Alexander disease, a leukodystrophy, is a progressive and usually fatal neurological disorder in which the destruction of white matter in the brain is accompanied by the formation of abnormal deposits known as Rosenthal fibers. Rosenthal fibers are aggregations of protein that occur in astrocytes, which are cells that support the brain. These protein collections are found occasionally in other disorders, but not with the abundance or particular distribution in the brain that occurs in Alexander disease.
The most common form of Alexander disease is the infantile form, which usually becomes apparent during the first two years of life. Typically, there are both mental and physical developmental delays, followed by loss of milestones, an abnormal increase in head size, and often seizures. The juvenile form of Alexander disease is less common and generally has onset between the ages of four and 15. These children may have excessive vomiting, difficulty swallowing and speaking, poor coordination, and loss of motor control. Survival is quite variable, with rare juvenile cases surviving several decades. Adult-onset forms of Alexander disease exist, and are sometimes confused clinically with multiple sclerosis or Parkinson’s disease. The disease occurs in both sexes and there are no ethnic, racial, geographic, or cultural/economic differences in its distribution.
Recent discoveries show that most patients (~90%) with infantile Alexander disease have a mutation on chromosome 17 in the gene for glial fibrillary acidic protein (GFAP). GFAP is a filamentous protein of astrocytes and also accumulates as part of the Rosenthal fibers. The site of the mutation on the gene varies, and it occurs on only one of the two copies of each gene that is present in every cell. How these mutations cause Alexander disease is not presently understood. In studies on parents of affected children, no parent has been found to have the GFAP mutation present in their child (the exceptions being some of the adult-onset families where the affected individuals live to reproductive age and transmit the disease in an autosomal dominant fashion). Thus, in most cases, the mutation is not inherited, but arises spontaneously for unknown reasons. Not every patient with Alexander disease (proven by biopsy or autopsy diagnosis) has an identified mutation in GFAP, so there may be other genetic or perhaps even non-genetic causes that have yet to be discovered.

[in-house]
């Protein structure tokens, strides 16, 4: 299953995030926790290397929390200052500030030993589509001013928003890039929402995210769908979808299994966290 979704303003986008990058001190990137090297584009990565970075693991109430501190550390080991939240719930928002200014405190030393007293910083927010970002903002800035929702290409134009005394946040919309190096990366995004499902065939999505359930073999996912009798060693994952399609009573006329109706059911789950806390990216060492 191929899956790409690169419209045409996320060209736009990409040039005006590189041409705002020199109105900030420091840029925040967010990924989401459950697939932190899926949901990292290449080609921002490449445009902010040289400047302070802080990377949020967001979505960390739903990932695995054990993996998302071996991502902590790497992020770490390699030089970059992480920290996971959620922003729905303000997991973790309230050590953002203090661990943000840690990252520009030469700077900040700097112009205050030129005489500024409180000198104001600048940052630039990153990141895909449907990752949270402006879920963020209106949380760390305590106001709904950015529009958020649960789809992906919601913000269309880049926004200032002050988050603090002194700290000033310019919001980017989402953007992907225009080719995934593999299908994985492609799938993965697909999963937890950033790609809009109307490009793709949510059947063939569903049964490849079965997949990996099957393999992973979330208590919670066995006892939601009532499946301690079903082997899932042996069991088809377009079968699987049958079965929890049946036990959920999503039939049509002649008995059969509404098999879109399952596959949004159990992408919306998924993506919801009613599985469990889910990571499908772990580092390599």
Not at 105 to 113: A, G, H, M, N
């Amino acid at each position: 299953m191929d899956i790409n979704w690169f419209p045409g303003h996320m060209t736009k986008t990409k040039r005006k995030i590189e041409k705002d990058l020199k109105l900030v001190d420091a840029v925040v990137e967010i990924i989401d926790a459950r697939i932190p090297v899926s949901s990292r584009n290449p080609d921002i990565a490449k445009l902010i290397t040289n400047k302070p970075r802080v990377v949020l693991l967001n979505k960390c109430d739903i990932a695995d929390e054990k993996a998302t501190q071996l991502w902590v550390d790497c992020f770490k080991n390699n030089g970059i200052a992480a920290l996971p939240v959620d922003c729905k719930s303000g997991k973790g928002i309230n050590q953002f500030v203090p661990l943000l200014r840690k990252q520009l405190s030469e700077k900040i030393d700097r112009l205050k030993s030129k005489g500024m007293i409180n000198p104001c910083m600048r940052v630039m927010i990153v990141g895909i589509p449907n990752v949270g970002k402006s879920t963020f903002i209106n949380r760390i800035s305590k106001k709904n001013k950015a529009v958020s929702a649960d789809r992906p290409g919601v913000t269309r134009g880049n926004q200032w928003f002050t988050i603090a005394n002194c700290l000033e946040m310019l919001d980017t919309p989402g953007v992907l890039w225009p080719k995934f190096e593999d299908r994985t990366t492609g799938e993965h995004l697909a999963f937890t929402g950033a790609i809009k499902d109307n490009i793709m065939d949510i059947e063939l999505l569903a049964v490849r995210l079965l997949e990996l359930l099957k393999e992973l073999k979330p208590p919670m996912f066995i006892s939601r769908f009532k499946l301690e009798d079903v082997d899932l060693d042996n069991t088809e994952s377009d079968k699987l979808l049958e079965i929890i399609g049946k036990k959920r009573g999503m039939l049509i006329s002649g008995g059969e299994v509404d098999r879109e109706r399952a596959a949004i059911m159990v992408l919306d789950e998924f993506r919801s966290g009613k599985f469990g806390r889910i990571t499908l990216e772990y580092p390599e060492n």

At present, Albee Messing, PhD, VMD and his lab at the Waisman Center are actively engaged in developing accurate animal models of Alexander disease. Mice engineered to carry mutations in GFAP identical to those found in Alexander disease patients also develop Rosenthal fibers, but do not display all of the features of true Alexander disease. However, it appears as if elevation of GFAP levels above a “toxic” level is a key step in disease, and leads to early death in mouse models.
Current Waisman Center research is aimed at understanding the mechanisms by which the mutations act to cause disease, and identifying other genetic loci that influence severity of disease. In addition, researchers are screening libraries of FDA approved drugs to devise novel therapeutic strategies for treatment of this disorder, and are attempting to identify biomarkers in blood or cerebrospinal fluid that would permit monitoring of severity or progression of the disease.
Alexander Disease Resources